🚀 Did you know English has over 10,000 phrasal verbs? 🚀
Do you think phrasal verbs are an irrelevant part of English? You couldn't be more wrong! Without them, you might only understand half of what's being said! Traditional language learning typically overlooks phrasal verbs, leaving you stumped in real-life conversations! Our unique lesson helps you:
- 🎯 Understand the nitty-gritty of Phrasal Verbs.
- 💬 Engage in everyday conversations with ease.
- 🗣 Speak English confidently and fluently.
- 🌐 Connect with native English speakers effortlessly.
✔Lesson transcript: https://adeptenglish.com/lessons/learn-english-language-phrasal-verbs-come-over/
This English lesson, focusing on phrasal verbs, aims to enhance your everyday conversation skills and help you speak English fluently. The lesson provides several real-world examples of how these 'come' phrasal verbs are used in everyday conversation, a practical way to learn their usage.
#LearnBritishEnglish #FluentInEnglish #PhrasalVerbsLesson
Participating in this lesson will unlock a vital aspect of English fluency for you: the understanding and use of phrasal verbs. These combinations of words are absolutely essential in everyday conversation, and they are often a stumbling block for learners.
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Language is the blood of the soul into which thoughts run and out of which they grow.
⭐ Oliver Wendell Holmes, an American jurist who served as an Associate Justice of the Supreme Court of the United States.
Don't miss this chance to enhance your English skills like never before! 🚀💡🌐🗣
Have you ever found yourself puzzled by the colourful world of English phrasal verbs? You know, those tricky phrases like 'come around' or 'come up with' that seem to pop up everywhere in conversation, yet somehow always slip away when you need them most. Well, worry no more! Our latest English lesson is here to demystify these elusive phrases for you.
This podcast lesson is your guide to improving your understanding of English phrasal verbs - common in everyday conversation, but often confusing for learners. With real-world examples, it helps you understand these phrases, making informal spoken English less daunting. Ready to bridge the gap between formal written English and informal spoken English? Tune in now and master the language as it's truly spoken!
Phrasal verbs are a fundamental part of everyday spoken English. They are used extensively in daily conversations, and a lack of familiarity with them can hinder comprehension and the ability to express oneself naturally. Therefore, mastering phrasal verbs is not just about achieving a more 'native-like' fluency but also about enhancing overall understanding and effective communication in English.
Words mean more than what is set down on paper. It takes the human voice to infuse them with shades of deeper meaning.
⭐ Maya Angelou, an American poet, and civil rights activist.
By focusing on phrasal verbs, you'll elevate your spoken English from a formal, textbook level to a natural, conversational one. You'll be able to express yourself more fluidly and understand native speakers better, as you'll be familiar with the phrases they use frequently.
Moreover, this lesson will help you build the confidence to engage in real-life conversations. You'll no longer be flummoxed by the informal dialogues that traditional language courses often overlook. So, embrace this learning opportunity and step closer to your goal of speaking English fluently!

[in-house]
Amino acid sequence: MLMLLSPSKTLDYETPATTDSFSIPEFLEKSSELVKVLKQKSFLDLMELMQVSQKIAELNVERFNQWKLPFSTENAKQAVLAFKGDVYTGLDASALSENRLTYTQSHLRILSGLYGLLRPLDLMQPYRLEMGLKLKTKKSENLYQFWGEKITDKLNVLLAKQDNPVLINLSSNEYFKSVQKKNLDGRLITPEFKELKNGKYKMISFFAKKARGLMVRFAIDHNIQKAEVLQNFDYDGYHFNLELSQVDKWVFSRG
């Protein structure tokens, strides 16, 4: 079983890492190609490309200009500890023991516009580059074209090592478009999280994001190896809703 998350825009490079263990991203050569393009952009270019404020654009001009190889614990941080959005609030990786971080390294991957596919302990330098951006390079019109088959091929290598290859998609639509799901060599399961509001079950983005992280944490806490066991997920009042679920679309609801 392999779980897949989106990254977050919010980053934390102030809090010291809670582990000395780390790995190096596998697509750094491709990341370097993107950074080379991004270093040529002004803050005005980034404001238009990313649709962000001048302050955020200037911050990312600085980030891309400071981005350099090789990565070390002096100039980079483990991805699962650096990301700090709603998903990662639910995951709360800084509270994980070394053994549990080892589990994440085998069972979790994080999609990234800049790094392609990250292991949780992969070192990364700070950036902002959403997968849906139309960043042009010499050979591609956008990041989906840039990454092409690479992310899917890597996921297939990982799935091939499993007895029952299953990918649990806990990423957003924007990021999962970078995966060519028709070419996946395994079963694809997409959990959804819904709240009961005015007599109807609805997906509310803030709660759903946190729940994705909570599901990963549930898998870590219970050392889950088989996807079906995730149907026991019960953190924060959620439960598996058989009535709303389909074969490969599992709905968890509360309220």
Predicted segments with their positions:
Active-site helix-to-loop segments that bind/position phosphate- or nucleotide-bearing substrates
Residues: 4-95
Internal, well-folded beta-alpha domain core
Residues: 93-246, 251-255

- With regular practice and exposure to different contexts, you'll grasp the nuances of phrasal verbs, enhancing your ability to convey your thoughts accurately. Remember, every mistake is a stepping stone to mastery.
- You don't need to learn all 10,000 phrasal verbs at once. Start by focusing on the most common ones used in daily conversation, as highlighted in the Adept English lessons. Each phrasal verb you master brings you one step closer to fluency.
- Embrace the challenge of spoken English as a chance to broaden your language skills. Through these lessons, you'll become adept at understanding and using phrasal verbs in informal settings, bridging the gap between your written and spoken English.
- By delving into these lessons, you'll acquire a better understanding of phrasal verbs, allowing you to connect more deeply with native speakers. You'll soon be able to join any conversation confidently, feeling included and valued.
- Remember, every bit of effort you put into mastering phrasal verbs gets you closer to fluency. Consistent practice, like listening to these podcasts repeatedly, will reinforce your understanding and usage of phrasal verbs, ensuring your continual progress in English.
Imagine effortlessly blending into chats with native speakers, surprising them with your understanding of their language's peculiarities. Ready to dive into the sea of over 10,000 phrasal verbs and come out fluent on the other side? Join us on this language adventure and unlock the door to truly fluent English. We can't wait to embark on this journey with you!
Unleash your fluency! Discover the magic of phrasal verbs and transform your English conversations. 🚀 Don't miss out, follow us and subscribe today!
Think of this English lesson as a treasure hunt. Mastering phrasal verbs is like finding precious gems hidden in the sand of everyday conversation. Each phrasal verb you learn is another dazzling gem added to your collection, making your English communication shine brighter and more fluently. It might be a challenge, but remember, the more gems you gather, the richer your English language becomes!